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Defending the rule of law after Prabowo's election victory

Indonesia at Melbourne - March 8, 2024

According to unofficial polls, former Indonesian special forces commander Prabowo Subianto has won the 2024 Indonesian presidential election. Activists are now worried he will drag the country in an authoritarian direction because of his longstanding anti-democratic views.

There are also concerns Prabowo's approach will push reform away from 'rule of law' towards 'rule by law' because of his preference for enforcing order rather than the law, demonstrated by the long list of human rights abuses he is alleged to have committed in the past.

Their concerns are valid, but the problem is bigger than Prabowo. Focusing simply on the personality and leadership style of presidents can detract from the real problems in Indonesia, which are much more structural.

It is very likely that Prabowo will continue to exploit the law, just as Jokowi has done before him. This is not because Prabowo, with his authoritarian persona, is necessarily hell-bent on destroying Indonesian democracy. Rather, it is because of a relative absence of counterbalancing pro-democratic forces committed to defending democracy and rule of law.

Previous reforms have been unable to protect Indonesia's institutions

For many years, efforts to address the damage caused to the Indonesian legal system by Soeharto's authoritarian rule have focused on redesigning and strengthening the capacity of law enforcement organisations.

But these efforts have failed to prevent the hijacking of Indonesia's institutions by anti-democratic forces. What has happened to the Corruption Eradication Commission (KPK) and the Constitutional Court – once lauded as well-designed institutions – is clear evidence of this.

In 2019, for example, the organisational design of the KPK was overhauled to better comply with ruling elites' interests. It has been a mess since the issuance of an amendment to the KPK Law that year which diluted its anti-corruption enforcement authority and meddled with recruitment processes for employees and investigators, allowing more political involvement in the appointment of KPK commissioners.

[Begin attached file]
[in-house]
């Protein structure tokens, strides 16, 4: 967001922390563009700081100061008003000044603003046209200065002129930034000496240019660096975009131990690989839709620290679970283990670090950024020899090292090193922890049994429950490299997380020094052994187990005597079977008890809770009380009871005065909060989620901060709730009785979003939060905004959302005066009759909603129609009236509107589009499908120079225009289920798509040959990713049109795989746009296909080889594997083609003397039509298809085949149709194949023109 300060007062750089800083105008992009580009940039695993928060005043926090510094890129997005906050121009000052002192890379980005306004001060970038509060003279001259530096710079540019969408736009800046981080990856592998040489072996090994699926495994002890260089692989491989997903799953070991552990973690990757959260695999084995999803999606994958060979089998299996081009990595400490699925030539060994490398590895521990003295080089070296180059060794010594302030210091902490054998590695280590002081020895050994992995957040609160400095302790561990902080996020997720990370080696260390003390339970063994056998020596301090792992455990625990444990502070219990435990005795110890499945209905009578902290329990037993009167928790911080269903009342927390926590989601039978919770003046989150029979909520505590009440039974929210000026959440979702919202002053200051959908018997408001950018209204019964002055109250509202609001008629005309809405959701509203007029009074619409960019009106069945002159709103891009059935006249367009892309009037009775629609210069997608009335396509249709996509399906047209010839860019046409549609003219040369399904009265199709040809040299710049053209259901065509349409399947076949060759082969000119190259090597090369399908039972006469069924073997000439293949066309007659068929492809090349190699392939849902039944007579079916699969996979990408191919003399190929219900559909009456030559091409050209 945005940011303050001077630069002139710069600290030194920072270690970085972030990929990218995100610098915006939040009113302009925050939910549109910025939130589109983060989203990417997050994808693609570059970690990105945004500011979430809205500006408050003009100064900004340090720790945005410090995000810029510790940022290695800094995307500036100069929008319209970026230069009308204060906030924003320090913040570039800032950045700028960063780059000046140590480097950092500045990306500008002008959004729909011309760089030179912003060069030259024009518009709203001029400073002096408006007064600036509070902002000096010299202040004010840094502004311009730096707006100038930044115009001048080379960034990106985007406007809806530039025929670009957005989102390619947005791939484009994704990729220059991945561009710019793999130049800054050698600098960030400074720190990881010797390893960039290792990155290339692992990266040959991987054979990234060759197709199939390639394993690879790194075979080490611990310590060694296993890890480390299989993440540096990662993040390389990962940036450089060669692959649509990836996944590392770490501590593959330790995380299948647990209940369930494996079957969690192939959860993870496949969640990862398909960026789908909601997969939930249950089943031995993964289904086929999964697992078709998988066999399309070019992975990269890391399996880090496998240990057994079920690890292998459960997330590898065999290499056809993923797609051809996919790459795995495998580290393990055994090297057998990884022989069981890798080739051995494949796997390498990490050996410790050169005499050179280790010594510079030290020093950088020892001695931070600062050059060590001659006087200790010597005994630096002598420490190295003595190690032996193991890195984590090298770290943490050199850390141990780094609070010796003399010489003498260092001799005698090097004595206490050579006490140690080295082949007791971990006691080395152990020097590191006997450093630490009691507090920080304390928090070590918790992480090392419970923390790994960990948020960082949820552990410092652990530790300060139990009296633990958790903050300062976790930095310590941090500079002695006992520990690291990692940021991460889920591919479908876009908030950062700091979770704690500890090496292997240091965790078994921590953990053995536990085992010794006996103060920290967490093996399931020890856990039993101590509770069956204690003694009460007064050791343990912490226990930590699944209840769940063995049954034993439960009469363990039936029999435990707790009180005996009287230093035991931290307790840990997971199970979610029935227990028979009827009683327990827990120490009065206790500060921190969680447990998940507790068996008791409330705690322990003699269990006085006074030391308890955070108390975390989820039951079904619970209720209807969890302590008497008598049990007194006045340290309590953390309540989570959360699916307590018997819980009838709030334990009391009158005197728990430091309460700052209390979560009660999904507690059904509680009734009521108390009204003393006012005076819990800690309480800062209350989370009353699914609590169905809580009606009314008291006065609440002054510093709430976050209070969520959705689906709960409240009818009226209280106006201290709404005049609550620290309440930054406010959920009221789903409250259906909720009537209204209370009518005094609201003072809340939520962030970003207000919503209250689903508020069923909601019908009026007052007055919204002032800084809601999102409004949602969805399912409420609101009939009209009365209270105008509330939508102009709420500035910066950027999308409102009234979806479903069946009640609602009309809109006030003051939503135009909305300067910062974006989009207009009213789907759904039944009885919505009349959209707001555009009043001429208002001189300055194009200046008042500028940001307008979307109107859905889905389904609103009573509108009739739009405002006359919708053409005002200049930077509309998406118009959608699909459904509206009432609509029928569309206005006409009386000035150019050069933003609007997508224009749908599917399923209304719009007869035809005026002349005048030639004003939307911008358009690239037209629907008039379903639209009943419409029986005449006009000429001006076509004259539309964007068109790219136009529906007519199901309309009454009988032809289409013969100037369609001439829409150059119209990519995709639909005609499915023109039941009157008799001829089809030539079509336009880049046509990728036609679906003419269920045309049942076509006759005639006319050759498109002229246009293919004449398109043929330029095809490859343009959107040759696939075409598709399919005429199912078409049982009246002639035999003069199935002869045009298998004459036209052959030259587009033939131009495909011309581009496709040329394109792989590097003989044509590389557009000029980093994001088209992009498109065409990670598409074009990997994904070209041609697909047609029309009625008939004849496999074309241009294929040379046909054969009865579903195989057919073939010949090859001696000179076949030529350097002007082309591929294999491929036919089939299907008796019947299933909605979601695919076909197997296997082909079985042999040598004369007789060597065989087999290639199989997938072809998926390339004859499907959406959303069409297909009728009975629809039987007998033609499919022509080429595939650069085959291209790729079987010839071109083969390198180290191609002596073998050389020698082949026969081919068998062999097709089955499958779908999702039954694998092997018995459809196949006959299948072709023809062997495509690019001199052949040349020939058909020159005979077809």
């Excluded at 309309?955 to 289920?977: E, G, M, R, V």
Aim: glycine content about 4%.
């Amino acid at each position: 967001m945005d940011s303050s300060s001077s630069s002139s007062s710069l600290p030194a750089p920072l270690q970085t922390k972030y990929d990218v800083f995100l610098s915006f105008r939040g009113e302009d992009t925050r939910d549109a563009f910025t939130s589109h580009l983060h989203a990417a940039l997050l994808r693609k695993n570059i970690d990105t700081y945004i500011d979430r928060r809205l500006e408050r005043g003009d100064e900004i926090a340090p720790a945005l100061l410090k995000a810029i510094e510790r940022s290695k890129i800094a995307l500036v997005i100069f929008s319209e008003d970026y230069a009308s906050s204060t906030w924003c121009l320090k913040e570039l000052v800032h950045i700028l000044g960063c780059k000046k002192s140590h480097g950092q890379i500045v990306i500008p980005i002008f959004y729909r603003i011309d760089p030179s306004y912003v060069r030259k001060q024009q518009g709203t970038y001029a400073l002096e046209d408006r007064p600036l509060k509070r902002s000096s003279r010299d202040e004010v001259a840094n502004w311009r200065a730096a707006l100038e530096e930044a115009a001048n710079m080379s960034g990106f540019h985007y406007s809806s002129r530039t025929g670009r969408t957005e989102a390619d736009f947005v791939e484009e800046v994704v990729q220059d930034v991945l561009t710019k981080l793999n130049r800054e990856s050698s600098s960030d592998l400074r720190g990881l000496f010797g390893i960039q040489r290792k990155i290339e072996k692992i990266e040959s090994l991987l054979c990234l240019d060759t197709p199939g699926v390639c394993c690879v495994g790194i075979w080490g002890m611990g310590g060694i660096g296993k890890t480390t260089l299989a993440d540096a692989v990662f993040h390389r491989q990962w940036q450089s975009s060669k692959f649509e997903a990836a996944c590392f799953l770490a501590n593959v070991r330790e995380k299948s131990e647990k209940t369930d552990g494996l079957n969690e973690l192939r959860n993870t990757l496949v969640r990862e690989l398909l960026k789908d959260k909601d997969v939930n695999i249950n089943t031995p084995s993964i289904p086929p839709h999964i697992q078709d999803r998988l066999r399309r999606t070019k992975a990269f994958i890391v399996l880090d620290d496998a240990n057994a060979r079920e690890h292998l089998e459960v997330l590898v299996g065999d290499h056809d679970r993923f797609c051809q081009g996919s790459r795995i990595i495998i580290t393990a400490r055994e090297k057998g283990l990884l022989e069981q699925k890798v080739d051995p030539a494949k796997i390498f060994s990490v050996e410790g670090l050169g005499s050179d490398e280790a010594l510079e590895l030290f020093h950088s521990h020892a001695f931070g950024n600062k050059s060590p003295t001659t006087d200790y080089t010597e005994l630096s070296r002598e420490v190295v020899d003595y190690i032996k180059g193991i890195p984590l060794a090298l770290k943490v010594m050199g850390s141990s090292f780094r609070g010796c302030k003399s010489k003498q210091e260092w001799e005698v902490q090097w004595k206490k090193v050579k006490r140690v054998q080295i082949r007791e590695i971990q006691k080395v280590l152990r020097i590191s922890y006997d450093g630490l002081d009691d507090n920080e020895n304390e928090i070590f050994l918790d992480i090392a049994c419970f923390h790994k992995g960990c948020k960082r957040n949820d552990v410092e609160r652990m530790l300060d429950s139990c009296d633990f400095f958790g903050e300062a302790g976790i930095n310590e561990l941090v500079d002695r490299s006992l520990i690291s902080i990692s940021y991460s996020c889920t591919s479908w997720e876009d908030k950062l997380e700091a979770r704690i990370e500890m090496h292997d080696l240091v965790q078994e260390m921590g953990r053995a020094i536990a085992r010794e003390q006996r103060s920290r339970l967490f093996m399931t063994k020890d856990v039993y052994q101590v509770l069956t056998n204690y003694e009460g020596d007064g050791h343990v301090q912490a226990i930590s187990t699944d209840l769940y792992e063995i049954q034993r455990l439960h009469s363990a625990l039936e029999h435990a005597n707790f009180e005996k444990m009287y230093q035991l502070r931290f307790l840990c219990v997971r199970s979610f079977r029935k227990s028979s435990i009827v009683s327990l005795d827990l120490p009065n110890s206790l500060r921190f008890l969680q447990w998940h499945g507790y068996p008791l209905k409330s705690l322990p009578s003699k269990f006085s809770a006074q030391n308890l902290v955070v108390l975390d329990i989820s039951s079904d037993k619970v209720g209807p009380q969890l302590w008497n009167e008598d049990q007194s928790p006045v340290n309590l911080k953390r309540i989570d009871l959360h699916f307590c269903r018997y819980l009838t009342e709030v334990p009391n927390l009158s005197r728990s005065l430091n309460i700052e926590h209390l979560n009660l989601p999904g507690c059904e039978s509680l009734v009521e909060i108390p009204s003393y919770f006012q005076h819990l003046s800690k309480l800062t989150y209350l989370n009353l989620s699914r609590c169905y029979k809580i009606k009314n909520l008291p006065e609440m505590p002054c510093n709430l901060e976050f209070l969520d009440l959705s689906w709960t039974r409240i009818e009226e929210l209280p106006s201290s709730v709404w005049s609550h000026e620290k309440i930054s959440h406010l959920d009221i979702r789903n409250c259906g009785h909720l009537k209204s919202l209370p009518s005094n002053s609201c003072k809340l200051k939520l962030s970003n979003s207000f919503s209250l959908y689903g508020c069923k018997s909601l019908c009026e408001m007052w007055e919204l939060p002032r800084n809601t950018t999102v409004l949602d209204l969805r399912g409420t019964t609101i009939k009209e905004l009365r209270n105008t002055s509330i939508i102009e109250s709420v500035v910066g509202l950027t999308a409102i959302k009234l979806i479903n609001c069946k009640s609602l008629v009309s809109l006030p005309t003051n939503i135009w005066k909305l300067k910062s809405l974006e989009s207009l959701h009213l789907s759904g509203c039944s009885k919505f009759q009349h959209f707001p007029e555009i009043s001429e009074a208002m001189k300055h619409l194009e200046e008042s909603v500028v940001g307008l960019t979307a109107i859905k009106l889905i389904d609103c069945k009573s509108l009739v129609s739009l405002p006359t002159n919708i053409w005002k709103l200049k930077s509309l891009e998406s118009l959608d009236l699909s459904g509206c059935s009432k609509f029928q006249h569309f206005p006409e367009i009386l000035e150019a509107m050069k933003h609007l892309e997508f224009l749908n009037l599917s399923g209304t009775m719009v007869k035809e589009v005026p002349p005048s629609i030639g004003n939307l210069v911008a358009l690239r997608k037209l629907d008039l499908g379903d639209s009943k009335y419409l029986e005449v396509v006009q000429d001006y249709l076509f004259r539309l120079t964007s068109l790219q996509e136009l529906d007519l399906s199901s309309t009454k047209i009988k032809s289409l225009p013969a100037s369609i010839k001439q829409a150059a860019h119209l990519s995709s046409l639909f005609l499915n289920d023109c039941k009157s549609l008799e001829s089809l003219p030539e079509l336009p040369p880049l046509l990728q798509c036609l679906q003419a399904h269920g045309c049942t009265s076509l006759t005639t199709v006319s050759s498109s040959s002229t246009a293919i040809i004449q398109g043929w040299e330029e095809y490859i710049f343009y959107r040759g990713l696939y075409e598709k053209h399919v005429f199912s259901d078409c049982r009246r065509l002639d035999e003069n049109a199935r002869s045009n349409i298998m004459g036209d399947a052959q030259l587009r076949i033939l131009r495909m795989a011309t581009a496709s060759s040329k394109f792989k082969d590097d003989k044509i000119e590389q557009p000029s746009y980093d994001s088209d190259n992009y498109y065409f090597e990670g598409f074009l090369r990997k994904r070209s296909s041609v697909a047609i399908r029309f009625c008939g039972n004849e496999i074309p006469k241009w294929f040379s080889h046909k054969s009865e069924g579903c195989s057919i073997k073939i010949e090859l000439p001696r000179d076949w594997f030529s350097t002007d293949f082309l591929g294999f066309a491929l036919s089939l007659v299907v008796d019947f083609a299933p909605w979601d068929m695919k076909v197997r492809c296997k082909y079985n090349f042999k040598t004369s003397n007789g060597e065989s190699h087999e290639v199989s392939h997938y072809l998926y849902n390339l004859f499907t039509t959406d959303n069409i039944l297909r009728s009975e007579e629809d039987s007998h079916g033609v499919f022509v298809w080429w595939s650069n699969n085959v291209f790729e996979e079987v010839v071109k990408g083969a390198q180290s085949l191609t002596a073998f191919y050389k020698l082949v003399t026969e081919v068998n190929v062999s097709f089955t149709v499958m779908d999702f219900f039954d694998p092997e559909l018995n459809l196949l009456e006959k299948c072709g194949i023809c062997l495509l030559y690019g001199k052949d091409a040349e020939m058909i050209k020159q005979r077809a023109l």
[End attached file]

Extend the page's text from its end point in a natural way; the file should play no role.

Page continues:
This has led to a number of ethical violations within the KPK. The most recent involved the then Chairman of the KPK, Firli Bahuri, who has now been named a suspect in a bribery and extortion case. This has only added more reasons for loss of public trust in this important institution.

The Constitutional Court has come under similar attacks. Once seen as a guardian of democracy in Indonesia, the court last year issued a controversial decision that lowered the minimum age for certain presidential and vice presidential candidates, smoothing the way for current president Joko "Jokowi" Widodo's son, Gibran Rakabuming Raka, to become Prabowo's running mate.

Anwar Usman, the Chief Justice of the court, who is also Jokowi's brother-in-law and Gibran's uncle, was found to have committed serious ethics violations in making this decision. He was dismissed as Chief Justice. But the sanction did not change the situation. Usman remains one of the nine judges of the court, and the original decision remains valid, providing Gibran with a legal basis for his candidacy.

Democratic decline under the 'clean president'

Jokowi is the epitome of how Indonesia's democratic woes are far bigger than the president. The outgoing president was once widely believed to be a clean leader without links to authoritarian elites. But he ended up overseeing the erosion of Indonesia's essential democratic and legal institutions for illiberal purposes.